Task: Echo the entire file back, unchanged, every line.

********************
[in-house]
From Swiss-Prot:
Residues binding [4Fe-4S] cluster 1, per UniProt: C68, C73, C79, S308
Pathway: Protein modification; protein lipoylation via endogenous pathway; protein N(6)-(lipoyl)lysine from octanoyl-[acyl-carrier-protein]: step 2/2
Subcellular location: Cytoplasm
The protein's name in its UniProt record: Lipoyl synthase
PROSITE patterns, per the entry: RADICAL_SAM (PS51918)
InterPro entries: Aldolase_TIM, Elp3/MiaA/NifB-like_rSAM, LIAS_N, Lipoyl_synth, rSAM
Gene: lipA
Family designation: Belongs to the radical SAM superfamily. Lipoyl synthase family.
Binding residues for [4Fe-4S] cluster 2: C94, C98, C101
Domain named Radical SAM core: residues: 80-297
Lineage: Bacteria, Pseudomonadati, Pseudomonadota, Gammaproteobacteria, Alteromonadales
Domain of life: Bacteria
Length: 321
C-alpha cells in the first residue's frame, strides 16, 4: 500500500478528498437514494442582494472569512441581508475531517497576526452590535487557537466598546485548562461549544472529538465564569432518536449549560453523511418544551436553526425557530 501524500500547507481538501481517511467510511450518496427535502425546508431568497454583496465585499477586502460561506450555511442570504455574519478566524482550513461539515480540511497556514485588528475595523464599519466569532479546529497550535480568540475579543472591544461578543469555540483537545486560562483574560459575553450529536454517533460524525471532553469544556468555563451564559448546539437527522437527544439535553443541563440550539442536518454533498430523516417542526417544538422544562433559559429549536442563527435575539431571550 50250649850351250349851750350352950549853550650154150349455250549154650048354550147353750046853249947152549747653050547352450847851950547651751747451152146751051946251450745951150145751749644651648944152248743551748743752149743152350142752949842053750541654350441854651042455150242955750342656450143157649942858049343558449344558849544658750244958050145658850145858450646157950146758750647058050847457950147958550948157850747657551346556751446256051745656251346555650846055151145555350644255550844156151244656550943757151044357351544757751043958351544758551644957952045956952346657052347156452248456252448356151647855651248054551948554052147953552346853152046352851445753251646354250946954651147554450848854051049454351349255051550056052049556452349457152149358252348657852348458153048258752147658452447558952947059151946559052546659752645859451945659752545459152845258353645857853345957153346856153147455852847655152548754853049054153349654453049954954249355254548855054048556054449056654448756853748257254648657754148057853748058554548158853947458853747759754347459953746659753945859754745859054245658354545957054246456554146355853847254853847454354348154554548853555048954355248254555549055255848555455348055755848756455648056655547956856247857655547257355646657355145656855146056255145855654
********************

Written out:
[in-house]
From Swiss-Prot:
Residues binding [4Fe-4S] cluster 1, per UniProt: C68, C73, C79, S308
Pathway: Protein modification; protein lipoylation via endogenous pathway; protein N(6)-(lipoyl)lysine from octanoyl-[acyl-carrier-protein]: step 2/2
Subcellular location: Cytoplasm
The protein's name in its UniProt record: Lipoyl synthase
PROSITE patterns, per the entry: RADICAL_SAM (PS51918)
InterPro entries: Aldolase_TIM, Elp3/MiaA/NifB-like_rSAM, LIAS_N, Lipoyl_synth, rSAM
Gene: lipA
Family designation: Belongs to the radical SAM superfamily. Lipoyl synthase family.
Binding residues for [4Fe-4S] cluster 2: C94, C98, C101
Domain named Radical SAM core: residues: 80-297
Lineage: Bacteria, Pseudomonadati, Pseudomonadota, Gammaproteobacteria, Alteromonadales
Domain of life: Bacteria
Length: 321
C-alpha cells in the first residue's frame, strides 16, 4: 500500500478528498437514494442582494472569512441581508475531517497576526452590535487557537466598546485548562461549544472529538465564569432518536449549560453523511418544551436553526425557530 501524500500547507481538501481517511467510511450518496427535502425546508431568497454583496465585499477586502460561506450555511442570504455574519478566524482550513461539515480540511497556514485588528475595523464599519466569532479546529497550535480568540475579543472591544461578543469555540483537545486560562483574560459575553450529536454517533460524525471532553469544556468555563451564559448546539437527522437527544439535553443541563440550539442536518454533498430523516417542526417544538422544562433559559429549536442563527435575539431571550 50250649850351250349851750350352950549853550650154150349455250549154650048354550147353750046853249947152549747653050547352450847851950547651751747451152146751051946251450745951150145751749644651648944152248743551748743752149743152350142752949842053750541654350441854651042455150242955750342656450143157649942858049343558449344558849544658750244958050145658850145858450646157950146758750647058050847457950147958550948157850747657551346556751446256051745656251346555650846055151145555350644255550844156151244656550943757151044357351544757751043958351544758551644957952045956952346657052347156452248456252448356151647855651248054551948554052147953552346853152046352851445753251646354250946954651147554450848854051049454351349255051550056052049556452349457152149358252348657852348458153048258752147658452447558952947059151946559052546659752645859451945659752545459152845258353645857853345957153346856153147455852847655152548754853049054153349654453049954954249355254548855054048556054449056654448756853748257254648657754148057853748058554548158853947458853747759754347459953746659753945859754745859054245658354545957054246456554146355853847254853847454354348154554548853555048954355248254555549055255848555455348055755848756455648056655547956856247857655547257355646657355145656855146056255145855654